updated 4/2/2004 3:23:13 PM ET 2004-04-02T20:23:13

Guests: Dr. D. James Kennedy, Bill Anderson, Jennifer Giroux, Rabbi Shmuley Boteach, Lisa Bloom, Richard Reich, James Woolsey

JOE SCARBOROUGH, HOST, SCARBOROUGH COUNTRY:  Tonight “The Passion” proves that Jesus sells.  You‘re about to enter SCARBOROUGH COUNTRY, no passport required, no PC police allowed. 

“The Passion” is one of the most successful and profitable movies of all time, but the Christian theme is seeing staggering success in other markets as well - books, TV, music.  It seems like everybody is cashing in. 

Is that good for religion?  Or can the finances cheapen the faith? 

We‘re going to be asking Dr. D. James Kennedy about the potential and the pitfalls of religious media. 

And then, Richard Clarke has been changing his story so often, he can‘t even keep it straight, so why has the media been lapping up his lies?  We‘re going to give you the real deal on Clarke‘s contradictions. 

Then Court TV has reports that, while Michael Jackson has been getting the red carpet treatment on Capitol Hill, his friends back home have been getting served with subpoenas.  Is the king of pop headed for jail? 

But first, Jesus is big business in Hollywood these days.  It‘s time for tonight‘s “Real Deal.” 

Now the fact that Jesus is big business probably doesn‘t shock you in middle America, but it does shock a lot of the media‘s elites.  They have been watching “The Passion‘s” staggering success over the past few months, and they are seeing Jesus is hot. 

I mean look at “The Passion,” sold over $300 million.  It‘s crashed the top 10.  Chances are good, by the end, it‘s going to be probably the fifth or sixth biggest movie of all time. 

And then, of course, there‘s the “Left Behind” series.  This book series is one of the biggest book series over the past decade.  This week, the latest installment of that series was profiled on the front page of “The New York Times,” and people are going to be flooding to their book stores to pick up this book.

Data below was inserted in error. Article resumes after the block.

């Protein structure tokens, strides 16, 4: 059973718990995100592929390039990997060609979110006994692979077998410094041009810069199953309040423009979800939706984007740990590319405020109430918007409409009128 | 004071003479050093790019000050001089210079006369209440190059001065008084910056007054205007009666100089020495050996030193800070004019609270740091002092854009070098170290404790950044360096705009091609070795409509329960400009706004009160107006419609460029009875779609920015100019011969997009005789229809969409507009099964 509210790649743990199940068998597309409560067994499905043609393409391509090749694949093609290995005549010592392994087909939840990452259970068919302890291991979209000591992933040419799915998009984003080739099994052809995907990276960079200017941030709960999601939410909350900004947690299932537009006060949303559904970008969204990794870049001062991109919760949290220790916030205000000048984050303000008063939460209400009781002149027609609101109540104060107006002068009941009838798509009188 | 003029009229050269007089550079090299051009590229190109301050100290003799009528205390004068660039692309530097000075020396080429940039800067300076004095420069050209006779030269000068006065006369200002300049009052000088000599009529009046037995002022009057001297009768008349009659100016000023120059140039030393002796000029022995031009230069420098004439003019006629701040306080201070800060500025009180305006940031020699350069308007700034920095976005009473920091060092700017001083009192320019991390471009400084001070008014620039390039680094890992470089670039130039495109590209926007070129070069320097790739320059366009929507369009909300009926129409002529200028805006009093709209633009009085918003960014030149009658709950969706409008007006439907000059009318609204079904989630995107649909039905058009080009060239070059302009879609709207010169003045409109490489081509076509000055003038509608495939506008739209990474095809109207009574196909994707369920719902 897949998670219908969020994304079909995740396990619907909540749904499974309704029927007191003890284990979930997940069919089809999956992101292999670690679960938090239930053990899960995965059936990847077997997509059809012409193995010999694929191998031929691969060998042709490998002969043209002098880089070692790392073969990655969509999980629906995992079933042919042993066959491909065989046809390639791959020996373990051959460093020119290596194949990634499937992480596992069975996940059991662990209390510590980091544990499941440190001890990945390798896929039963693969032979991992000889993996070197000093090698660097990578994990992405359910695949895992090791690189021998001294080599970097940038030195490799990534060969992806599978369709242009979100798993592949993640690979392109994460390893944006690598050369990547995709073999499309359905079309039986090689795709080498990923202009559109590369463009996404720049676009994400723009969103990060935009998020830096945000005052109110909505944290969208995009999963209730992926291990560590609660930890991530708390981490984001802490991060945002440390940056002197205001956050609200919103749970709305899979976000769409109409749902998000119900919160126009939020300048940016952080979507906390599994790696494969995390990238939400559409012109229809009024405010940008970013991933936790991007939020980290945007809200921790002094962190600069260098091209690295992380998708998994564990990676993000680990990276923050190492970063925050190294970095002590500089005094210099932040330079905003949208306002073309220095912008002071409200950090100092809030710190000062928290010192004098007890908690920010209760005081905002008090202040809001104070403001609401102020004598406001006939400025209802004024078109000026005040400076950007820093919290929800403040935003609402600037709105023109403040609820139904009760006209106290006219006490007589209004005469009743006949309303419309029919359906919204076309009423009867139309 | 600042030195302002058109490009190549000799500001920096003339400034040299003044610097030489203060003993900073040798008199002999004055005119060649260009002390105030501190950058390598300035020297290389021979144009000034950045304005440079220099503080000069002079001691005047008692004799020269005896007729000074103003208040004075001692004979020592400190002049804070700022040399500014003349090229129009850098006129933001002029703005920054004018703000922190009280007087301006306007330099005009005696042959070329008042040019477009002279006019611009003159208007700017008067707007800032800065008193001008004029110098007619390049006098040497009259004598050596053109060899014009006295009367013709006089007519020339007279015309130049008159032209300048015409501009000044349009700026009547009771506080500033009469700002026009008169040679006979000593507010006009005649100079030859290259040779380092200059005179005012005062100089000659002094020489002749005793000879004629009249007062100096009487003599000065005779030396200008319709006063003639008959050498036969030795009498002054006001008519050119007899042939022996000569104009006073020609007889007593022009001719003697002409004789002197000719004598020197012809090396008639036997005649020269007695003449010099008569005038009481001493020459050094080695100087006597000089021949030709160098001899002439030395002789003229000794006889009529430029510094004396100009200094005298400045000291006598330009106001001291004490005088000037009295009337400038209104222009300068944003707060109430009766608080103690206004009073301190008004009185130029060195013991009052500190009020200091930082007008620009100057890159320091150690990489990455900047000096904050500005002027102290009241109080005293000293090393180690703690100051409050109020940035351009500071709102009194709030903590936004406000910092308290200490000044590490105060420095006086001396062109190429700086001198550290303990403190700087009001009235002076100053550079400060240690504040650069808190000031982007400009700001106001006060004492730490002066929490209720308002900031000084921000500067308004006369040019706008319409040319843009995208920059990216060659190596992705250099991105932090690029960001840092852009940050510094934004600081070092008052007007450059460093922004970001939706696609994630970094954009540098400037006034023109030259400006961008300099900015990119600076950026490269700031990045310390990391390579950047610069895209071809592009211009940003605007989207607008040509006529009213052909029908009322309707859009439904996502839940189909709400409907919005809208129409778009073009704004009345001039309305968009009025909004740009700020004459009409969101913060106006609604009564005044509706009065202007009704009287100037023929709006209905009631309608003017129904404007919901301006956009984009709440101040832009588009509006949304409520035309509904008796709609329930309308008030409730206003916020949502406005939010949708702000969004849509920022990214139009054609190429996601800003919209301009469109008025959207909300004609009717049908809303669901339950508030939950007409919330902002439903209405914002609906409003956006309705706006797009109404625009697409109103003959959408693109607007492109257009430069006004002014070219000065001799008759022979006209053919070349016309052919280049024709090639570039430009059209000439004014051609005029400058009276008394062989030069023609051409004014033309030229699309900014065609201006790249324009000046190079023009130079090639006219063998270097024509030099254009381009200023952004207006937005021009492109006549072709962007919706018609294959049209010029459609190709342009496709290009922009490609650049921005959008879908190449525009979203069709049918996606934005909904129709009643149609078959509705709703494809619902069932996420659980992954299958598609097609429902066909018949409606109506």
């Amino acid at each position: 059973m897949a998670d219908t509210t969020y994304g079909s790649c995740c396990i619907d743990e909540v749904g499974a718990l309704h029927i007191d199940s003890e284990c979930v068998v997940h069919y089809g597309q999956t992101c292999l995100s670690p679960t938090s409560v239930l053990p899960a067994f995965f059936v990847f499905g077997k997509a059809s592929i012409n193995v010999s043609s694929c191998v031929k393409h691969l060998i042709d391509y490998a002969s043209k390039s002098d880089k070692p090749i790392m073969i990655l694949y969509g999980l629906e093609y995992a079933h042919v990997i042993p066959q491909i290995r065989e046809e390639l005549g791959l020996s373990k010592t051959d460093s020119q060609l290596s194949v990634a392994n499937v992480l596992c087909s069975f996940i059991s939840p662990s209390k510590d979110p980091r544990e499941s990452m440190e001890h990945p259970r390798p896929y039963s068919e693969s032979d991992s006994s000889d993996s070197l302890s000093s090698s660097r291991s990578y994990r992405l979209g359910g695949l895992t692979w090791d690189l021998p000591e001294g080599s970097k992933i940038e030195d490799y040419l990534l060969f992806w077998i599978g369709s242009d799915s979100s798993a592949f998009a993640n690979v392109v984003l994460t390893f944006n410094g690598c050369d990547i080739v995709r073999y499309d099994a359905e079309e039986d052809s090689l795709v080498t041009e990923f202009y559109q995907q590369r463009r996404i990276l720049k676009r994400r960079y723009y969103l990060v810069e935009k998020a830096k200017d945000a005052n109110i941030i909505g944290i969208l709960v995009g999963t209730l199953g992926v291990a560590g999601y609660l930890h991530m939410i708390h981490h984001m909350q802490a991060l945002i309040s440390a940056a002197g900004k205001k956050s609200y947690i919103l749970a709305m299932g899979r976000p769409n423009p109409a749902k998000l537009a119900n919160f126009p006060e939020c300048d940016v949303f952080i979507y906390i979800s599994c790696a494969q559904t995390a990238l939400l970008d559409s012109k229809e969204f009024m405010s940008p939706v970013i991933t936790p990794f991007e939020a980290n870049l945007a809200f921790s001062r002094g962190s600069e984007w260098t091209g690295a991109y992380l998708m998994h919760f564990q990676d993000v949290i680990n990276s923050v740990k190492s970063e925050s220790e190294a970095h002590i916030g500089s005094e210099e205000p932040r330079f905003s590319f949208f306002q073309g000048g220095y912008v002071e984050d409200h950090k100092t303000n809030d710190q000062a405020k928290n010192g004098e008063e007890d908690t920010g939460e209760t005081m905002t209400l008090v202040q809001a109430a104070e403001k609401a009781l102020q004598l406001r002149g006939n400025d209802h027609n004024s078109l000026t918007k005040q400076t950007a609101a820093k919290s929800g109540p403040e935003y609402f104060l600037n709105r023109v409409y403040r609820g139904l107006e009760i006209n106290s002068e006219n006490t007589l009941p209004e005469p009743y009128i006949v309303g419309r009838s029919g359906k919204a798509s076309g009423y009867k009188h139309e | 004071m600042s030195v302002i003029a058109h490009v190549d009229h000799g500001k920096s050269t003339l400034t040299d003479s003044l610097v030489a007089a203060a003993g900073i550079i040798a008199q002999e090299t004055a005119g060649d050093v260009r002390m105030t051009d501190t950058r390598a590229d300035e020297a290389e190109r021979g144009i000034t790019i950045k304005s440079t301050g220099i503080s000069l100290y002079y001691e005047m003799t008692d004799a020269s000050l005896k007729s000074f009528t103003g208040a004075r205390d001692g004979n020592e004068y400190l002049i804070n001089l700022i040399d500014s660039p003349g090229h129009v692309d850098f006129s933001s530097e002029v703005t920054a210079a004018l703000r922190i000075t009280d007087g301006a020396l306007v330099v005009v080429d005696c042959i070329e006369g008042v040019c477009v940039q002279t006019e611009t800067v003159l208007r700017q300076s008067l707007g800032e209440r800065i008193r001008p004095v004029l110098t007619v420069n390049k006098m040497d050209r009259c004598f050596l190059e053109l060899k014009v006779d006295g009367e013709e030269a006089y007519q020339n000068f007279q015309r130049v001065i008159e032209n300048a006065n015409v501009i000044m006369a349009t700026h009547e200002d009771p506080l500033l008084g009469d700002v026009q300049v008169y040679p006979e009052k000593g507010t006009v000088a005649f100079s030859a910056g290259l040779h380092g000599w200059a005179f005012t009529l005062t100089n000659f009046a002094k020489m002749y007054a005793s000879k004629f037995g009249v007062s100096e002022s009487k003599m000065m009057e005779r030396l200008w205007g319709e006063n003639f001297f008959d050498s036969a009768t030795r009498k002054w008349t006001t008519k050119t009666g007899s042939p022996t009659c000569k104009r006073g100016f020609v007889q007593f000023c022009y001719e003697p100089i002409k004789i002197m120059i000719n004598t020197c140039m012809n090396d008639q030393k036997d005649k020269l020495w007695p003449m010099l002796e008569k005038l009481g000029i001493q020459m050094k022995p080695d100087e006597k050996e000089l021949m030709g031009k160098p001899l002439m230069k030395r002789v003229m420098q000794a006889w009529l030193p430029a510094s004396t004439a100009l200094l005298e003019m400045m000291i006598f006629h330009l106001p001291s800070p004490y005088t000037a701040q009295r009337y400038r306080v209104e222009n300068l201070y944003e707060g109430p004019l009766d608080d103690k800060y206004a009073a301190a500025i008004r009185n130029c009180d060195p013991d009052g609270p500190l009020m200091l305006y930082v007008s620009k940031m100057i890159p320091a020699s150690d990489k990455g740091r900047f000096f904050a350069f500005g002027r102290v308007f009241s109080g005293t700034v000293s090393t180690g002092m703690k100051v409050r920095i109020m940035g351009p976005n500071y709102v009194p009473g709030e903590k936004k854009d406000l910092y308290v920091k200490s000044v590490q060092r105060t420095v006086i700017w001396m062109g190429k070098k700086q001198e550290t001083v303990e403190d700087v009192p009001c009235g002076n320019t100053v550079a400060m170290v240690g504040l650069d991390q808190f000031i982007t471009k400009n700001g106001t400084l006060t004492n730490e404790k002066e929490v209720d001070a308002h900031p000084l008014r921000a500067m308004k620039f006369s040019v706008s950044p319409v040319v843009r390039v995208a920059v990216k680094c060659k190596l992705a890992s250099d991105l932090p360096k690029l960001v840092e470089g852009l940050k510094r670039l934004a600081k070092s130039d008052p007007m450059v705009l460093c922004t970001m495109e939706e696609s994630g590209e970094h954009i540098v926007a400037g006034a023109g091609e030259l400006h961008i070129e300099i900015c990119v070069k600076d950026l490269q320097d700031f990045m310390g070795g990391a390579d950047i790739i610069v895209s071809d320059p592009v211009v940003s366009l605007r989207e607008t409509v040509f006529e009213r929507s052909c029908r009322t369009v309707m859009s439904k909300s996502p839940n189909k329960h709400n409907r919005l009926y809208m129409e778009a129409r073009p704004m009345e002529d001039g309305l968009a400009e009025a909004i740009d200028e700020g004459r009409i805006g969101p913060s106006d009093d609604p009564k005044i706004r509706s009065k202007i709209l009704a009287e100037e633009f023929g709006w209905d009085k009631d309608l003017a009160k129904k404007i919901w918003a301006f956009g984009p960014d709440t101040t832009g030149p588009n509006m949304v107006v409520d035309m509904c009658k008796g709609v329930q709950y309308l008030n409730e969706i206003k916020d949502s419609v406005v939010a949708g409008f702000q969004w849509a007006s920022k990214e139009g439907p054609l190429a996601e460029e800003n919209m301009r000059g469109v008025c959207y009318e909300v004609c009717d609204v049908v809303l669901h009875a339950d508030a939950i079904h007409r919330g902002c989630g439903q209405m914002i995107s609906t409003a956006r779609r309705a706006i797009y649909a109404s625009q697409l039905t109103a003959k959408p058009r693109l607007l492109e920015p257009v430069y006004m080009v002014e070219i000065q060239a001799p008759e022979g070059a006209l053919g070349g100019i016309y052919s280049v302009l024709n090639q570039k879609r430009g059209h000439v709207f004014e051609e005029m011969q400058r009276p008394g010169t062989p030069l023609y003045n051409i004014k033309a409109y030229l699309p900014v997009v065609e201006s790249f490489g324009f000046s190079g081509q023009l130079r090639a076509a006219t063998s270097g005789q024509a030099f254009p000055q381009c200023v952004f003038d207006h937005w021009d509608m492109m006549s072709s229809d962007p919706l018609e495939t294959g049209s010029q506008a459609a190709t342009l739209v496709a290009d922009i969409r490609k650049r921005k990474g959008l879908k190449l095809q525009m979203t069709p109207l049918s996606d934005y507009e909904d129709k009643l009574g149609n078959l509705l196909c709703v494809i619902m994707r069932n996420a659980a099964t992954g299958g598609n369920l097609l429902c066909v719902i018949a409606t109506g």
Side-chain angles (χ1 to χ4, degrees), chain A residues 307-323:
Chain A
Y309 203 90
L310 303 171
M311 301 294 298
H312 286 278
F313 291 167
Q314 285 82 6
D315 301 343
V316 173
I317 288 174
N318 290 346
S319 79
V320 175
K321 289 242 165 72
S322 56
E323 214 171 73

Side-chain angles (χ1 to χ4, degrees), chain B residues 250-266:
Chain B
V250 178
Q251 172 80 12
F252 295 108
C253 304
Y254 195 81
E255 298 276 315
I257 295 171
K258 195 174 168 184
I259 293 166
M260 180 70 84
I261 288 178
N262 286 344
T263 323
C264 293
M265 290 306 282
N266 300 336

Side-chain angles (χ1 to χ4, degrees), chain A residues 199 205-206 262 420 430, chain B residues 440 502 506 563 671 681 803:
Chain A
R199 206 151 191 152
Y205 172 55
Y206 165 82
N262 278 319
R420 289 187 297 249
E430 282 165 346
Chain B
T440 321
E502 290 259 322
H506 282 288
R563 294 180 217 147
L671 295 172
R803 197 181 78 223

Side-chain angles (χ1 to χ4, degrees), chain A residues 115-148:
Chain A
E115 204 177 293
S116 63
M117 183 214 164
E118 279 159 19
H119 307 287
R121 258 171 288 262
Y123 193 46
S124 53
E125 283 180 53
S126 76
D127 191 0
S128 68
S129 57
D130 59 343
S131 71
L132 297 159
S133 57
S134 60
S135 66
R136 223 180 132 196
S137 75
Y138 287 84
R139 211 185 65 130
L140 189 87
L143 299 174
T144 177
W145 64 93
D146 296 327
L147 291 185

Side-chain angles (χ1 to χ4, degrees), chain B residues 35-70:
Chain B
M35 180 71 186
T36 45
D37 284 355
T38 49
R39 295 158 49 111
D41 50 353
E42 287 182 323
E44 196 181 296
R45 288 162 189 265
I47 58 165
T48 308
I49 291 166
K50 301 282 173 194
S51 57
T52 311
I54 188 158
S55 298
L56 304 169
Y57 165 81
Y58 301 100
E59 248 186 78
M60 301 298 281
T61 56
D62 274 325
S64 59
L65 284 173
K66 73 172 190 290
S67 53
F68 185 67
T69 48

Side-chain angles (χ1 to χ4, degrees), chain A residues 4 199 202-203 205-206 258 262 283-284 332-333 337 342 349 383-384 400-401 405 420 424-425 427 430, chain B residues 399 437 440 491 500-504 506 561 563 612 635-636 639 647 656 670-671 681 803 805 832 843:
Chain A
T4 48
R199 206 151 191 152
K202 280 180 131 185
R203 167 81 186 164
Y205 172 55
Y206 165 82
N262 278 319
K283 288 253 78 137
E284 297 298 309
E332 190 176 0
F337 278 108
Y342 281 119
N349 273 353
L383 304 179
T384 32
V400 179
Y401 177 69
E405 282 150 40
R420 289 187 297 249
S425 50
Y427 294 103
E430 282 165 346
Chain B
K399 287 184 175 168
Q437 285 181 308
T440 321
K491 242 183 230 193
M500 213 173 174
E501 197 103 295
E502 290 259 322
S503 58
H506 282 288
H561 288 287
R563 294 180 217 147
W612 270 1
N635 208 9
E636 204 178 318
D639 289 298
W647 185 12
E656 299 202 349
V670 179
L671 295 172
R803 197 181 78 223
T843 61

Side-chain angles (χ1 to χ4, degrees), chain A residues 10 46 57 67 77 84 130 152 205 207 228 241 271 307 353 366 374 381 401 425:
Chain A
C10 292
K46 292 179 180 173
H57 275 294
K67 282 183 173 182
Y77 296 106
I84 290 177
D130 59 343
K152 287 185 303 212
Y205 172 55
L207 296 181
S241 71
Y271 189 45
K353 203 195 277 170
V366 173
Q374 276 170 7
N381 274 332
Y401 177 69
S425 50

And then, of course, you‘ve got all those horrible made-for-TV movies about Jesus and the disciples and Judas.  I mean they keep piling them up, one after another after another. 

I‘ll tell you, Hollywood has taken notice, and they do recognize what you have known all along, that Jesus sells.  He is big business.  There are a lot of Christians out there who have been ignored for too long of a time. 

But you know what?  While that may be great news for this pop war, this culture war that America has been engaged in for some time, there is reason to be concerned. 

I, of course, remember back in the 1980‘s, like most of you do, when Jim and Tammy Faye Baker and religious charlatans were out there deciding to cash in on faith and make a quick buck. 

And you know what?  In return, all they gave was scandal, and they made tons and tons of money, mostly from people like my old grandmother, that gave them a good chunk of her retirement check. 

You know what?  That made me angry back then.  It still makes me angry now, and it really bugs me to know that there are a lot of people in Hollywood right now taking notice of what Mel Gibson did, taking notice of the “Left Behind” series. 

And you know what they are thinking; they are going to cash in on this Jesus thing.  And when they do, that means nothing but more scandals in the future.  Buyers beware, and that‘s tonight‘s “Real Deal.” 

Now, Christian-themed entertainment is transforming big media.  “The Passion” has pulled in close to $320 million, is expected to bank in hundreds of more overseas and in DVD sales. 

The “Left Behind” book series has over 60 million copies world-wide.  And overall, religious books sales shot up an incredible 30 percent last year.